Smitty’s love letter to rowing
Earlier this spring, the St. Francis rowing program christened the stern of a double/pair in honour of head coach Greg (Smitty) Smith.
This past Sunday, the St. Catharines Rowing Club once again recognized the former national team rower as part its annual christening ceremony.
“As Greg is also an important part of our club and our rowing community, we thought it would be very fitting for us to rechristen the boat today so we could also recognize him,” SCRC president Michelle Kerr said.
Smith, who admits he’s not the greatest public speaker, thought he didn’t do the first christening justice and felt the second ceremony was an acceptance repechage.
“I didn’t really make it past the line,” he said. “Now I think I can handle this one a little bit better.”
The former SCRC lightweight rower used his repechage to express his love for the sport of rowing and the local rowing community,
That lifelong love began when he was 13 and recruited to fill in for a Lakeport coxie, who was injured.
“St. Catharines has something special and I realized this 42 years ago as a 13-year-old,” he said. “Until that time, I did not know that this place existed; an island in the middle of the city.”
Henley Island quickly became his destination of choice.
“From that time forward, I would take every opportunity to ride my bike to the island and explore. I got to know every little nook and cranny in the boathouse.”
He also became familiar with all the groups that make the island exist: the St. Catharines, Ridley and Brock rowing clubs; the Old Boys; the alumni; the CHRC (Canadian Henley Rowing Commission); and, the Henley Island Helpers.
“They are all part of a rower’s experience,” he said.
Smith fondly recalled the Henley Island Helpers concession stand.
“When you won a medal, you would run up to buy a hot dog,” he said. “You would show your medal to Mrs. Anderson and you were really excited to show them as they would give you another hot dog and say that ‘This one is on us.’ ”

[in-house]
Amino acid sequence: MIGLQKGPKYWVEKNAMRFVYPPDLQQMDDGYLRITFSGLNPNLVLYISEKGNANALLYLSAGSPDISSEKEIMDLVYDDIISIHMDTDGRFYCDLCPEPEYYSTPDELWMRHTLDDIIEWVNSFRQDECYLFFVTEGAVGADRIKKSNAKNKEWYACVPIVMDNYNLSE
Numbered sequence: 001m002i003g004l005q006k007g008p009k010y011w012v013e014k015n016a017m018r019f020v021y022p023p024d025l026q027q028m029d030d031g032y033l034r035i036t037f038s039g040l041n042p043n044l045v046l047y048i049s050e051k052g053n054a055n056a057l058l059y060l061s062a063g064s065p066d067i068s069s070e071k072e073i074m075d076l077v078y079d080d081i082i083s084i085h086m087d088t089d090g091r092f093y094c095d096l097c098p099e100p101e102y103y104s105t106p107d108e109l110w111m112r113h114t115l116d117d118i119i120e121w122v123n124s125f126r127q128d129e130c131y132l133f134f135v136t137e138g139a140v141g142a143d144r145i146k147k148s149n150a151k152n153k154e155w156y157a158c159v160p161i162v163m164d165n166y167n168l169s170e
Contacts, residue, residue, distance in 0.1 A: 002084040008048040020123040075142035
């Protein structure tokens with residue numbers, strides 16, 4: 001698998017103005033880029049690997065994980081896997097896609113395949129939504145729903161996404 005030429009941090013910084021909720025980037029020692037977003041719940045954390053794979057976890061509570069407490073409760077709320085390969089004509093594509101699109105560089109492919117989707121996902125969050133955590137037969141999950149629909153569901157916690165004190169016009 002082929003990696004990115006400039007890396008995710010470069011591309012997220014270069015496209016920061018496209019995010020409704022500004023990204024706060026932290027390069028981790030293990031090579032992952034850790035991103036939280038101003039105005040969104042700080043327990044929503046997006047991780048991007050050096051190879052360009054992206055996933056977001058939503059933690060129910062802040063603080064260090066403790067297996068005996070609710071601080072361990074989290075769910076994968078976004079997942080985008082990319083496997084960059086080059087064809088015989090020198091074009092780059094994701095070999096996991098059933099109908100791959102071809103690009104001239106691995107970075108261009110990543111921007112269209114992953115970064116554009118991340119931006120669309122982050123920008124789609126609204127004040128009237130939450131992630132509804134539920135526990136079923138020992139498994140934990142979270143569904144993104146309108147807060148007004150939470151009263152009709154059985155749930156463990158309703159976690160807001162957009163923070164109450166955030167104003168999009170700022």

During his time as an athlete, he was guided by 10 different coaches.
“The athletes have to understand that there is always not just one coach,” he said. “You can’t grow up with one coach and you have to experience many, many coaches and that goes for parents.
“They are going to learn something and let those volunteers who are out here have the opportunity to coach your kid because they will do a great job at it.”
Smith incorporated many of what his coaches taught him into his own coaching style.
“A lot was observation,” Smith said. “They would observe and so I would observe and find out what the crew was actually capable of.”
He also learned lessons from the umpires and the officials, and the entire rowing community.
“Right here in front of me is something special and that is the St. Catharines Rowing Club.”
And the sport itself is equally special.
“It comes down to the people who are part of the sport,” he said. “It’s about being out on the water and the feeling of the motion of the boat. I was captivated by it from Day 1.”
Nothing was more exhilarating than the feeling of fluidity in the boat.
“It comes down to you and your crewmates,” he said. “You have to make it happen. It’s hard work. You need to learn from and extract something from what your coaches offer in the form of technique or output and apply that knowledge to every single stroke.”
Smith carried on with that sentiment as he poured water on the boat during the christening.
“May this boat carry you across the line at the moment when you can no longer propel it forward,” he said.
Smith thanked his parents and wife Jane for helping make his rowing dreams a reality.
“If it wasn’t for Jane, her backing and her support, then we wouldn’t have been able to achieve what we were able to do in fundraising for boats.”
The double/pair was a joint purchase by St. Francis and SCRC and its part of the club’s Olympic Series. The series was started a number of years ago when the club realized there was a need to increase the number of small boats and sculling boats to supply the club’s junior and senior athletes that were going on to scull at the high performance level.
“It has been a wonderful addition to our club and a wonderful tradition that continues to this day,” Kerr said. “These boats are very important to our club’s crews, especially our sculling program, and because of that we have developed a lot of young and senior scullers and done very well.”